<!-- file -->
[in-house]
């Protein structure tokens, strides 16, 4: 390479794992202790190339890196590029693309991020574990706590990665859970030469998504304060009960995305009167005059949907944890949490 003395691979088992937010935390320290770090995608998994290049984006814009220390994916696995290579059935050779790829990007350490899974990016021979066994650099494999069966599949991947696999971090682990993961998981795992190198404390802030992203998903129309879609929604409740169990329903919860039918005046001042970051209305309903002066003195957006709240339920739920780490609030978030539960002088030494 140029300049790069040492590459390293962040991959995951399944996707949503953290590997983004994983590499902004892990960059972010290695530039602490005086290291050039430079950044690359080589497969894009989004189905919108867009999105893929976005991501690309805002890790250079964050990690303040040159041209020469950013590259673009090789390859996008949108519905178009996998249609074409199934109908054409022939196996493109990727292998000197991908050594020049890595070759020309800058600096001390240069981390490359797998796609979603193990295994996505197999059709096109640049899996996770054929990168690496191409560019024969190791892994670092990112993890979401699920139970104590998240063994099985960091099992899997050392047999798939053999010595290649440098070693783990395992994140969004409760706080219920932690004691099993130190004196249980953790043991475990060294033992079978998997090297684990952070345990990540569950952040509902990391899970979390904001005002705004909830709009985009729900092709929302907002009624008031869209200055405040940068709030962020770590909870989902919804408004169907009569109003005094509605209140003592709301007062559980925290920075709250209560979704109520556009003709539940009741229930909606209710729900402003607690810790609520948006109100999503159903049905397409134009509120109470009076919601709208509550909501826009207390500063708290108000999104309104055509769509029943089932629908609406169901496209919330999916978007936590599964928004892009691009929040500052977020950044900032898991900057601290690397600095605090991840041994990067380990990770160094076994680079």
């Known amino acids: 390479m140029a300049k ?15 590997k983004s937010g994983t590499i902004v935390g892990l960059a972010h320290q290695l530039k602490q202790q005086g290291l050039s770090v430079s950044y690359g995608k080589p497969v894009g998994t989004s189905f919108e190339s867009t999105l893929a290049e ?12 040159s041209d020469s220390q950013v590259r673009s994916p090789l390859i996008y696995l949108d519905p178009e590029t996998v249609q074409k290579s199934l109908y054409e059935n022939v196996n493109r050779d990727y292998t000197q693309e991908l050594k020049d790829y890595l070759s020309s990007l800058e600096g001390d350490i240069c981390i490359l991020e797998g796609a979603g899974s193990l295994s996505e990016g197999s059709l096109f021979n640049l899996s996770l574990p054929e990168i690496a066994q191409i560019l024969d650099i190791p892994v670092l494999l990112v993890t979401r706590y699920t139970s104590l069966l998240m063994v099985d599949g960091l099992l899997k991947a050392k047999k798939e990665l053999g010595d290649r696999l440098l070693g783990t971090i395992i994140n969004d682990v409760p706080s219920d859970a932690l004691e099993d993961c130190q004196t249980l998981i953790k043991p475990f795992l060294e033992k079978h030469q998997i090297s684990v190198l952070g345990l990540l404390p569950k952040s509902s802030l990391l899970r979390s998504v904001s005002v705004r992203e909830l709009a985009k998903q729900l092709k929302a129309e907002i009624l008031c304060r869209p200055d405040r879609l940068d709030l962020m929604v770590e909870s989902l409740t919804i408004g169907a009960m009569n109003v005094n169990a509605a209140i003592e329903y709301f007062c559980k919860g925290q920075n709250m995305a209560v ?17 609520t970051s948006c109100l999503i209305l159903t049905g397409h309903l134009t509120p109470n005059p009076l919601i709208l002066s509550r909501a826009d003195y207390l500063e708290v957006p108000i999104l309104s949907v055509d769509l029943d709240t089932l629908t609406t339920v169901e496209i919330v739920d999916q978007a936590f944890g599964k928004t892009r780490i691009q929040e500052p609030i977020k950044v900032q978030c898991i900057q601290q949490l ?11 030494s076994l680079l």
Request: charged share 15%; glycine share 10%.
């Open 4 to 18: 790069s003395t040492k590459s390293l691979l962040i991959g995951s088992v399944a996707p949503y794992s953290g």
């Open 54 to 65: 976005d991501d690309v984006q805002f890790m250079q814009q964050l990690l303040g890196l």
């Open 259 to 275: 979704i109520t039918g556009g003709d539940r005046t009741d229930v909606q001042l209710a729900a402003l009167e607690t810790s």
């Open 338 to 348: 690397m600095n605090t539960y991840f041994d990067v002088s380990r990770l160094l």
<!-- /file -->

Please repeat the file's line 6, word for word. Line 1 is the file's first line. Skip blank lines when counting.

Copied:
């Open 54 to 65: 976005d991501d690309v984006q805002f890790m250079q814009q964050l990690l303040g890196l």